Meanwhile, to make the pastry cream, start by dissolving the cornstarch in 2 cups of cold milk, and set aside. In a medium saucepan, heat the remaining milk, sugar, vanilla extract, and salt over medium-low heat, and bring to a boil, stirring often. Add the milk with the dissolved cornstarch by pouring it through a fine-mesh sieve to avoid adding lumps. Return to a boil, stirring constantly with a wire whisk. Add the egg yolk, and continue stirring constantly. Reduce the heat to low, and continue to cook for 1 minute, stirring constantly. Remove from the heat, and set the saucepan in an ice-water bath to stop the cooking. Do not chill the cream because it will be poured hot over the puff pastry.
To assemble the cake, use a dish or pan the size of the puff pastry sheets as a mold. Place one layer of the puff pastry in the bottom of the pan. Pour the hot cream over the top, and place the second layer of the puff pastry over the filling. Refrigerate the cake until the filling is set.
When ready to serve, using the prescored marks as guides, cut into 9 or more pieces. Dust each piece with confectioners’ sugar. Refrigerate the leftovers.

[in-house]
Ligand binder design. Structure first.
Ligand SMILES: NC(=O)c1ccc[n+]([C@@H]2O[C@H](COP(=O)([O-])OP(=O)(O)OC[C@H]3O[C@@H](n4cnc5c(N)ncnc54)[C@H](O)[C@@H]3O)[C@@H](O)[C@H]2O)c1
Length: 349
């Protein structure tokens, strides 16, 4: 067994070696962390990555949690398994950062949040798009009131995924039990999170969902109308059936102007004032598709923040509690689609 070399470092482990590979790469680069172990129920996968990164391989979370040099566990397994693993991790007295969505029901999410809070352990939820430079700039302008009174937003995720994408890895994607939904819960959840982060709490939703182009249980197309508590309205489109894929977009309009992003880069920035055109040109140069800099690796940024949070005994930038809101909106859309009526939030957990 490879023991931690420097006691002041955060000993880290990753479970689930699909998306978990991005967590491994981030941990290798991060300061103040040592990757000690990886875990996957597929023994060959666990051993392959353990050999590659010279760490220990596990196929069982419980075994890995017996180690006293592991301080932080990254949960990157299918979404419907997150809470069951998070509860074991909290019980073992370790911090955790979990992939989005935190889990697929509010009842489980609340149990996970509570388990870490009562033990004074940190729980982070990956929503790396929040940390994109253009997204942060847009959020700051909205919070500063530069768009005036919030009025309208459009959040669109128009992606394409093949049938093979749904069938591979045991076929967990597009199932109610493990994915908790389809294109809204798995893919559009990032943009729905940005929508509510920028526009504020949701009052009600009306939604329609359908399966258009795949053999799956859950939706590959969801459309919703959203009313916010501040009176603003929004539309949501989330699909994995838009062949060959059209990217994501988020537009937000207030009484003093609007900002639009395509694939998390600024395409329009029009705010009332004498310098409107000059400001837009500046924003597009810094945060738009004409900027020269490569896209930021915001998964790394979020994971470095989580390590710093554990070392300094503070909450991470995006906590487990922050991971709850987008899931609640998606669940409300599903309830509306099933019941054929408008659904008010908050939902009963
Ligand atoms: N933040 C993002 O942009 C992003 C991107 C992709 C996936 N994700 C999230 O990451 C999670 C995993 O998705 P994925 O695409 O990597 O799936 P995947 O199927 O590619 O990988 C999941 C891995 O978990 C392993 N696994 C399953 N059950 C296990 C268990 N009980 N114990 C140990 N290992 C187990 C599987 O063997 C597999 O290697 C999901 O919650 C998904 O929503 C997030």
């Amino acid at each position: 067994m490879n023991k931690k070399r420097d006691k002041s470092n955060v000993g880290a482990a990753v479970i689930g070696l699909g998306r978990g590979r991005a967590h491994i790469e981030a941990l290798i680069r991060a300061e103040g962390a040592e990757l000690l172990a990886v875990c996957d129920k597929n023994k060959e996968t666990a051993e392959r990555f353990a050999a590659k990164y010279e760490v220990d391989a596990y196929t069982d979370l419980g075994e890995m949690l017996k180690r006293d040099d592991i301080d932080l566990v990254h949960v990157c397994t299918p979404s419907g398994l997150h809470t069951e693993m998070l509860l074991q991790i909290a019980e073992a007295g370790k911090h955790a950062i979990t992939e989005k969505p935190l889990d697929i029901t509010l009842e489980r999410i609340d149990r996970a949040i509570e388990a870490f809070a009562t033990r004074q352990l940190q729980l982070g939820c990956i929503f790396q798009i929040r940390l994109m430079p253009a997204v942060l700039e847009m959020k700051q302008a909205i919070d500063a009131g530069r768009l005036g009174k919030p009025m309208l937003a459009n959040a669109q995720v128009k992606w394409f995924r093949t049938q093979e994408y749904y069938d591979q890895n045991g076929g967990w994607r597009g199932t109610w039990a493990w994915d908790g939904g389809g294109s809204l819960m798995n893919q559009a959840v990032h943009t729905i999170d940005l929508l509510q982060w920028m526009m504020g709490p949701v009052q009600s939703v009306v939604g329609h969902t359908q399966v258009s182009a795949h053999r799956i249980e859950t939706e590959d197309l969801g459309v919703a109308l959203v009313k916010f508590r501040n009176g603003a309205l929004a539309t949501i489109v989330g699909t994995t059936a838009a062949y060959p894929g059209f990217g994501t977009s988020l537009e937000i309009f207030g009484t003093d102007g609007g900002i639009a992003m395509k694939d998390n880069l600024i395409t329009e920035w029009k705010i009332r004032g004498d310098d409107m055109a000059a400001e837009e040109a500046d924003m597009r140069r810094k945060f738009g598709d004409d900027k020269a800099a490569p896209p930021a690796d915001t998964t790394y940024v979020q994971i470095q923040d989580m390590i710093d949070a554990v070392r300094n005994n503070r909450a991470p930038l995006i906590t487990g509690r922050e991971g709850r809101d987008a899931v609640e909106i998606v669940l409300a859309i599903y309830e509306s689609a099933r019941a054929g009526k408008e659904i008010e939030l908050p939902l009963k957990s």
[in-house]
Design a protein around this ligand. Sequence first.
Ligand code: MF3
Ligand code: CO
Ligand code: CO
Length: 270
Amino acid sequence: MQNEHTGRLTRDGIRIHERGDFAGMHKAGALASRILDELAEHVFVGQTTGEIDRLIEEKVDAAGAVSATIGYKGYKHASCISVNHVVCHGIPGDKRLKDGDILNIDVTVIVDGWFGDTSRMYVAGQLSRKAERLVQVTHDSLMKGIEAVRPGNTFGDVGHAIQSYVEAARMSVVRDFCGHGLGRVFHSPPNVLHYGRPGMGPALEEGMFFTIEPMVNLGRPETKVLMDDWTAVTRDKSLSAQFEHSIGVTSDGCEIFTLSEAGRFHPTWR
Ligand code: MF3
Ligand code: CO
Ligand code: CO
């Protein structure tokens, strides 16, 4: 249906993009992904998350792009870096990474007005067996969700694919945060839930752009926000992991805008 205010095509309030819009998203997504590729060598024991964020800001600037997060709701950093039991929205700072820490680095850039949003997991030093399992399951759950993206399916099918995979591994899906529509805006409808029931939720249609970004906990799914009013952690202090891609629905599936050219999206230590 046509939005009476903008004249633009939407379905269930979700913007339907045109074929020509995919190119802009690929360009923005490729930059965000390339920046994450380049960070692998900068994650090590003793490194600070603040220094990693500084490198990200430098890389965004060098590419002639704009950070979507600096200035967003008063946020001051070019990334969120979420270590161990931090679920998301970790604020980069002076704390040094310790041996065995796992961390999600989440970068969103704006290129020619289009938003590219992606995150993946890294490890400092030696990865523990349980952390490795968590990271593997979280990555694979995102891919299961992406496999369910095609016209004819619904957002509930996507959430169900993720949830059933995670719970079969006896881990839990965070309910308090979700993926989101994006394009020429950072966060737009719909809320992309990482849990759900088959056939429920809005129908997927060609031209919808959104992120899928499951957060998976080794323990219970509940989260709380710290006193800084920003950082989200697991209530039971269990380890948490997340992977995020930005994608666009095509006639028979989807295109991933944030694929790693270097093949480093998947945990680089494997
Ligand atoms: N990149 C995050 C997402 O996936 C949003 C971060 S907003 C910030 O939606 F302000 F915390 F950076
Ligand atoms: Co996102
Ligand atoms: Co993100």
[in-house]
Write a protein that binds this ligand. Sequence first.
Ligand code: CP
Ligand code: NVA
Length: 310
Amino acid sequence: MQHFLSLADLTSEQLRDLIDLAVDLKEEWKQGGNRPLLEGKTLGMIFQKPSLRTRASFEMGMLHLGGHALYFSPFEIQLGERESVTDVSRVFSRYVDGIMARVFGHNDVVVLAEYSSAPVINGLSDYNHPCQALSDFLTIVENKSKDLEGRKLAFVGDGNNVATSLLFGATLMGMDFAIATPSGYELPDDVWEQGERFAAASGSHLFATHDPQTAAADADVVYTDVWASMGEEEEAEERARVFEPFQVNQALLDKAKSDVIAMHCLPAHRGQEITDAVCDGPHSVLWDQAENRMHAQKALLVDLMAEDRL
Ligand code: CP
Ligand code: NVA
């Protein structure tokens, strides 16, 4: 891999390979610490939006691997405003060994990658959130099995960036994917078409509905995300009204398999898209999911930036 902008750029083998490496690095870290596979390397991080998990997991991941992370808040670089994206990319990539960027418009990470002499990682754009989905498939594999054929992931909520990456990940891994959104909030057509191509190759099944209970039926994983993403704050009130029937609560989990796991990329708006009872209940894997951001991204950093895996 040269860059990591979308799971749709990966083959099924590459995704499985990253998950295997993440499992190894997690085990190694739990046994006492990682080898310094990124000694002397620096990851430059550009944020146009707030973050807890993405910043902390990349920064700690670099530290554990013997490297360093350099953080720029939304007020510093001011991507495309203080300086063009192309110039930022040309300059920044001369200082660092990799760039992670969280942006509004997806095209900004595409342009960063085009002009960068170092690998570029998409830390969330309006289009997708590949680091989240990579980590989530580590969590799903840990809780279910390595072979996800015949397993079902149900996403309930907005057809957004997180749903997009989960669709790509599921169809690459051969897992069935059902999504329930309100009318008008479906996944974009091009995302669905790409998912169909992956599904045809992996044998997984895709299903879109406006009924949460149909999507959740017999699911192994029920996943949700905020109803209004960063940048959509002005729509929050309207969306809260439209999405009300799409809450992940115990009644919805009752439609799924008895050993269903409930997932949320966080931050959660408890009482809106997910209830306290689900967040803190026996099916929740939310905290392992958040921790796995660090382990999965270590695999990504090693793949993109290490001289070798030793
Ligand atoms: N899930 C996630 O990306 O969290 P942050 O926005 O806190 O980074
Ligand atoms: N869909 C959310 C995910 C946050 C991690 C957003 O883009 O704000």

November 2 | All Souls Day
Another important Polish recipe you need to try this year is specific to Krakow. Miodek turecki is a homemade candy sold at churches and cemeteries for those praying for their loved ones. Sarah Tastsidis, owner of Tasteful Travel Luxury Tours, shares this delicious recipe.
Heat sugar in a heavy-based pan until it is melted. Add vanilla sugar and cook for a few minutes. Stir in the bicarbonate of soda and cook for a minute. Add crushed nuts and honey to the pan. Everything should be mixed thoroughly. Take off the heat and pour onto a plate, where the mass will harden. Once cooled split into pieces and serve.
November 8 |The Feast of St. Martin of Tours
If you want to celebrate with something other than dessert, celebrate Martinmas. Legend says St. Martin tried to avoid being ordained bishop by hiding in a goose pen but was discovered because of the excited geese. The tradition of eating goose on his feast quickly spread throughout Europe. This recipe comes from The Vatican Cookbook.
St. Martin’s Goose